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Stop Self-Stigma? It's Difficult to Do But You Can

October 21, 2019 Laura A. Barton

Recognizing the only ones we can truly charge are ourselves, it seems it shouldn't be so difficult to stop self-stigma. On the contrary, though, it can be very challenging. If you are having trouble putting an end to mental health self-stigma, don't worry. It's not just you.

What It's Like to Struggle to Stop Self-Stigma

When it comes to mental health stigma, I believe our focus should be to minimize its effects on us as individuals. We may never be able to fully eliminate mental health stigma, but in changing how it impacts us, it and those who spread it lose power.

It's a heck of a lot easier to do this with outsiders than it is my own mind.

I regularly struggle to stop self-stigma. It's a discordance wherein the rational part of me butts up against the lies of stigma. It becomes a game of self-doubt that's hard to shake.

  • What if stigma is right and I should be strong?
  • What if stigma is right and this is somehow for attention?
  • What if stigma is right and I can't talk about this?

No matter how much information and how many facts I have stored in my head, they're dwarfed by the lies. The fact that mental illness originates in the brain and isn't my fault is inconsequential during those times. The fact that struggles are valid doesn't even make a blip. It all gets overshadowed by the beast that is stigma, turned inward to transform into self-stigma. In those moments, none of the facts feel true for me.

You see, I struggle to believe that the words I tell others actually apply to me, too.

Why It's So Difficult to Stop Self-Stigma

The biggest challenge with self-stigma is we can't escape our own minds. Even with reshaping how we think about and understand mental health, surmounting self-stigma can be difficult because it's a constant back and forth of fact versus lie that's hard to stop and silence. The cognitive dissonance can resonate loudly, in particular when mental illness's symptoms are strong. Then it's a coupled onslaught of stigma and the illness's lies with which we must contend.

You're not the only one struggling if you're feeling this, too. In fact, if you can relate to any of what I've written here, it's proof that you're not alone. Stigma and mental illness like to tell us that we're alone, but it's not true.

It's not just me. It's not just you.

It's difficult to do, but we have to continue to challenge and push back against the self-stigma.

See Also

APA Reference
Barton, L. (2019, October 21). Stop Self-Stigma? It's Difficult to Do But You Can, HealthyPlace. Retrieved on 2021, October 27 from https://www.healthyplace.com/blogs/survivingmentalhealthstigma/2019/10/stop-self-stigma-its-difficult-to-do-but-you-can



Author: Laura A. Barton

Laura A. Barton is a fiction and non-fiction writer from the Niagara Region in Ontario, Canada. Find her on Twitter, FacebookInstagram, and Goodreads.

MJ
November, 17 2019 at 1:44 pm

I needed this today, and yesterday and last year and for the last 40 years.
I found it kept me from wrapping my suicidal thoughts, thoughts I won't act on, but it is part of my "self-stigma" which I find I cannot explain to family, therapist or psych dr.'s.
And I am tired of the word "illness". That conveys to me a problem solved with little yellow, green or pink pills, medications have not come to fruition for me anyway. Illness; this is not the flu. It is not a broken leg. It is socially unacceptable to have "cerebral issues".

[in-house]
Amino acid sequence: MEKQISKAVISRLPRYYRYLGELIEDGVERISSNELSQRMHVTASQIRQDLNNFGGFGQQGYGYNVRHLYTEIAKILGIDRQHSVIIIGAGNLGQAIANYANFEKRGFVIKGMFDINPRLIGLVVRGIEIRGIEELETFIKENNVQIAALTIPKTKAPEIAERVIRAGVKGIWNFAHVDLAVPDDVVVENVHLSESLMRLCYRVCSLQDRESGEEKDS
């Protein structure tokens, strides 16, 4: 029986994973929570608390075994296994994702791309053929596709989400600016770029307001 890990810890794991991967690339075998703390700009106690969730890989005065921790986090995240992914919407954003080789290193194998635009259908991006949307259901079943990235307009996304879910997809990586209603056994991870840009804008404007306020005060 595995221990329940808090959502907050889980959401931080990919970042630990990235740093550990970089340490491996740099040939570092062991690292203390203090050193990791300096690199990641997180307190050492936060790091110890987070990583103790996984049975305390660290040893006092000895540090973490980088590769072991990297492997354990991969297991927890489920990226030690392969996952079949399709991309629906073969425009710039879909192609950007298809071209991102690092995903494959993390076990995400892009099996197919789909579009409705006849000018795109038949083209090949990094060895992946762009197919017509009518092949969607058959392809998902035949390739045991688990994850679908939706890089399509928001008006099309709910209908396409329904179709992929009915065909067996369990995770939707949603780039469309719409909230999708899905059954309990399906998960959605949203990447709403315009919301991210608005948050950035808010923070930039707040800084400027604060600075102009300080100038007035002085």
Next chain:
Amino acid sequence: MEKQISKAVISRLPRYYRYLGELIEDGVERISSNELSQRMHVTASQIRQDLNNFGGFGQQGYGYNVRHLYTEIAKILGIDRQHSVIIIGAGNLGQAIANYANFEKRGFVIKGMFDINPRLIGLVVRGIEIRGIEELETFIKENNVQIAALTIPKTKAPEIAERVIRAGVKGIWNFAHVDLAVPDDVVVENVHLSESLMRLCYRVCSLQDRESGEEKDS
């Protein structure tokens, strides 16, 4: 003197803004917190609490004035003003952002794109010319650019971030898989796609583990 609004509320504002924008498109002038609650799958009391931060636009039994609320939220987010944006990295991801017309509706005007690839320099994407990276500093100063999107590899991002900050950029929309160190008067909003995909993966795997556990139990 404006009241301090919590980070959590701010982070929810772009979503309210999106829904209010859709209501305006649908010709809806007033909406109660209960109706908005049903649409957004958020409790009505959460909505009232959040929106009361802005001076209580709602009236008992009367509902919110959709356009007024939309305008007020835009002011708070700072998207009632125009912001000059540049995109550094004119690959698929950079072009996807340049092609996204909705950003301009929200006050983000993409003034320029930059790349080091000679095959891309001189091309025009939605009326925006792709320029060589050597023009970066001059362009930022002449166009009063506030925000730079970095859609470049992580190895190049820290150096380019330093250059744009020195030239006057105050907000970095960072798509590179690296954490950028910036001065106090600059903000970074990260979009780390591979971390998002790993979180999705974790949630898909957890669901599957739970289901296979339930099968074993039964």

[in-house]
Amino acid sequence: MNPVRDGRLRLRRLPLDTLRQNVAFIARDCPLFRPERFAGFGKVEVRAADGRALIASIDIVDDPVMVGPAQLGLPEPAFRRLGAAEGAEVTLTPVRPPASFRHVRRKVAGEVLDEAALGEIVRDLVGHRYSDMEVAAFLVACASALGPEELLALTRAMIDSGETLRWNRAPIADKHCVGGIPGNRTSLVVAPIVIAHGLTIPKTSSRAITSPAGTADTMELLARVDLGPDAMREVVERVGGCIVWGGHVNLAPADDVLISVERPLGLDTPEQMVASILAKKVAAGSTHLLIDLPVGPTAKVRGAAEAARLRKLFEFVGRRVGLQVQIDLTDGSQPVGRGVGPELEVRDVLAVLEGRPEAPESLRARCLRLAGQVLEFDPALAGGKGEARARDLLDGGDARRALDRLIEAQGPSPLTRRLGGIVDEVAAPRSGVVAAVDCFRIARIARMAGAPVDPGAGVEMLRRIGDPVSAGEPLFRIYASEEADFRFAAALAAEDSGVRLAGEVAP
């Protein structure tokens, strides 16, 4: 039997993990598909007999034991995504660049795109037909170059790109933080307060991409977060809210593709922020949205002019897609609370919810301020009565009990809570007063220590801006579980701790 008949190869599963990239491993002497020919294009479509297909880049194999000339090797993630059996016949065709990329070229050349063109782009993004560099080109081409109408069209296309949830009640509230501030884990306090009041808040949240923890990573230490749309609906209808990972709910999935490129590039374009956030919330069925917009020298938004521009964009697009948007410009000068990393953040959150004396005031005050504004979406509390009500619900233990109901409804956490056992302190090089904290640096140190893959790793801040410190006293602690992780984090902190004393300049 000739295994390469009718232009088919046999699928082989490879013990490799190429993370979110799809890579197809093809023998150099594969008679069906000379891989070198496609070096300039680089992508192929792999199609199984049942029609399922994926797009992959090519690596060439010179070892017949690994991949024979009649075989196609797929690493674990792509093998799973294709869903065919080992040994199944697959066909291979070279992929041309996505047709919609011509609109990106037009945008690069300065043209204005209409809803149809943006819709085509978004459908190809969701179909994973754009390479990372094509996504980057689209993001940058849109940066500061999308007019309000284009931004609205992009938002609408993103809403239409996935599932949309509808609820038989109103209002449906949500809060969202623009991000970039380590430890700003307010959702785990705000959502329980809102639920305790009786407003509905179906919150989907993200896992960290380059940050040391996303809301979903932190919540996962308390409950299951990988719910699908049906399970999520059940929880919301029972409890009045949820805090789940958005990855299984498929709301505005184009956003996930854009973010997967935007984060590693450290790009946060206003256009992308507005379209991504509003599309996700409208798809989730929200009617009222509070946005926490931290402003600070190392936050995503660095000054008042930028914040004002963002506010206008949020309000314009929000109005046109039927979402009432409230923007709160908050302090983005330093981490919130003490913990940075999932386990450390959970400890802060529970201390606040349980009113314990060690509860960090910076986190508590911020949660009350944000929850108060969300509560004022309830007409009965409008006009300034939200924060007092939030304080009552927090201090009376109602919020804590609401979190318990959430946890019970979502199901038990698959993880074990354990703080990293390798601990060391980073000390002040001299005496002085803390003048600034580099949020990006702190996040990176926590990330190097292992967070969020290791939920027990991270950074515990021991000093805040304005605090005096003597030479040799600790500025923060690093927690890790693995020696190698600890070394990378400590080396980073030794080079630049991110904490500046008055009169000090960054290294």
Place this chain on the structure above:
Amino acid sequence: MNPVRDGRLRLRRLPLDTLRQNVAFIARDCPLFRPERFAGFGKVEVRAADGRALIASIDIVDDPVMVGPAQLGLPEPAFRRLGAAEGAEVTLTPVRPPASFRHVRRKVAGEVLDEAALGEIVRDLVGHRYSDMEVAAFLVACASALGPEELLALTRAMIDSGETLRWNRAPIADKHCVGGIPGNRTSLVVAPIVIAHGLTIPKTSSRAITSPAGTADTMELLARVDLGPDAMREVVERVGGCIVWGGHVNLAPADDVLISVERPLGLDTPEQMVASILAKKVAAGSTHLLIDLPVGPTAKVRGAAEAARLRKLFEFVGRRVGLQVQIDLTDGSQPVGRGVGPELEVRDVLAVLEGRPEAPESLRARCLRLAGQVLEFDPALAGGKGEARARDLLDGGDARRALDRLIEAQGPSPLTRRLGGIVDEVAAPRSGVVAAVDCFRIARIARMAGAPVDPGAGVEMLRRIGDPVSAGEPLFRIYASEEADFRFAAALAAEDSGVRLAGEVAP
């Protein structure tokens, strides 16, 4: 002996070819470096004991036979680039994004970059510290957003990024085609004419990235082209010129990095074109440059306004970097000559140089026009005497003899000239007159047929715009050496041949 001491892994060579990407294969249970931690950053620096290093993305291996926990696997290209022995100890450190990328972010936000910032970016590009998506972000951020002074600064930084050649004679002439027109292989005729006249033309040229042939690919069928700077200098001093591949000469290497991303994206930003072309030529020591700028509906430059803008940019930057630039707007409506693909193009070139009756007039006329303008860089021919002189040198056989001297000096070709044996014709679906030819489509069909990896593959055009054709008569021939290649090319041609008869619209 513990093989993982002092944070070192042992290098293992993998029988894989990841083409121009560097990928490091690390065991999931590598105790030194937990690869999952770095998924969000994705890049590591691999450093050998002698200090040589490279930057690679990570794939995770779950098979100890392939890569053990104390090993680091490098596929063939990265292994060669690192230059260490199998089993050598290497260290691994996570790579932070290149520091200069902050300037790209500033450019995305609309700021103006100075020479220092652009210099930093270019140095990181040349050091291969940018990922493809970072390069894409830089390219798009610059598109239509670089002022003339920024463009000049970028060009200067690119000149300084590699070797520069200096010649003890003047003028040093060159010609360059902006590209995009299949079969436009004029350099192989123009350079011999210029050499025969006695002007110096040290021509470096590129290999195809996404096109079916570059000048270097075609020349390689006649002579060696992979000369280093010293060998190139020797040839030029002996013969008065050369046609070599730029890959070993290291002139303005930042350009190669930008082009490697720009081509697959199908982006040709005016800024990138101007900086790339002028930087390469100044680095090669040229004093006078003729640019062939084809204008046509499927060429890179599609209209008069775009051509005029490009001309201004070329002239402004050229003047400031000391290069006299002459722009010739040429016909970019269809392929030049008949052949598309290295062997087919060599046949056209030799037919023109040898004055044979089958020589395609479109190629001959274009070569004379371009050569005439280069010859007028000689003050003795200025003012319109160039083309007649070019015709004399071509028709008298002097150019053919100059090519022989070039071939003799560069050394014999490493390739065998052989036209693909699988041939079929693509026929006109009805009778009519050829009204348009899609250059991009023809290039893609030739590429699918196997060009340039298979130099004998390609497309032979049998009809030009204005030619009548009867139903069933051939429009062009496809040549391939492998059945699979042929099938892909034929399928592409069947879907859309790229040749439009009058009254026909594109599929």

November, 17 2019 at 4:14 pm

Hi MJ. I'm glad you came across my blog and that it resonated with you. I know how tough it can be to fight against self-stigma and it can often be difficult to explain to others. I agree that the words and terminologies we use to describe our situations are important and I can appreciate how the word illness comes across to you. I encourage you to explore different ways to express what you're going through. It's also a good exercise to broaden our perspective on what words can mean as well. Illness isn't always somethings only solved by oral medications; there are many treatments to consider. It's just about finding what's right for us. :)
I'll leave you with a couple of articles in case you'd like to take a look at them.
Mental Health Hotline Numbers and Referral Resources: https://www.healthyplace.com/other-info/resources/mental-health-hotline-numbers-and-refer…
Suicide Information, Resources & Support: https://www.healthyplace.com/other-info/suicide/suicide-suicidal-thoughts-and-behaviors-t…
Take care.

Judy
October, 23 2019 at 11:28 pm

I couldn't agree more, a game of self-doubt is self-stigma at its best. It's a game I keep telling ourselves I'm incapable of winning. I sabotage myself each time I feel like I've moved two spaces ahead; inevitably frustration and anger follow. Thank you for your thoughtful post, Laura, I've always thought it was just me.

October, 24 2019 at 10:58 am

You've hit the nail right on the head with your description, Judy. It does feel like it's impossible to win. You're definitely not alone and I'm glad that my blog can help with seeing that. Self-stigma is a beast, but we can keep fighting the good fight against it. You've got this. :)

Lizanne Corbit
October, 22 2019 at 3:36 pm

"It's not just me. It's not just you." -- Beautiful, and so true. Stigma, particularly self-stigma as you pointed out is so good at making us think we are isolated, but we are never alone. It's wonderful to come across open and honest blog posts such as this one that serves as a support and a reminder of this very thing. Thank you for sharing!

October, 22 2019 at 8:22 pm

Thanks so much, Lizanne! It really means a lot to me that you continue to read my blogs and that you find meaning in them. :)

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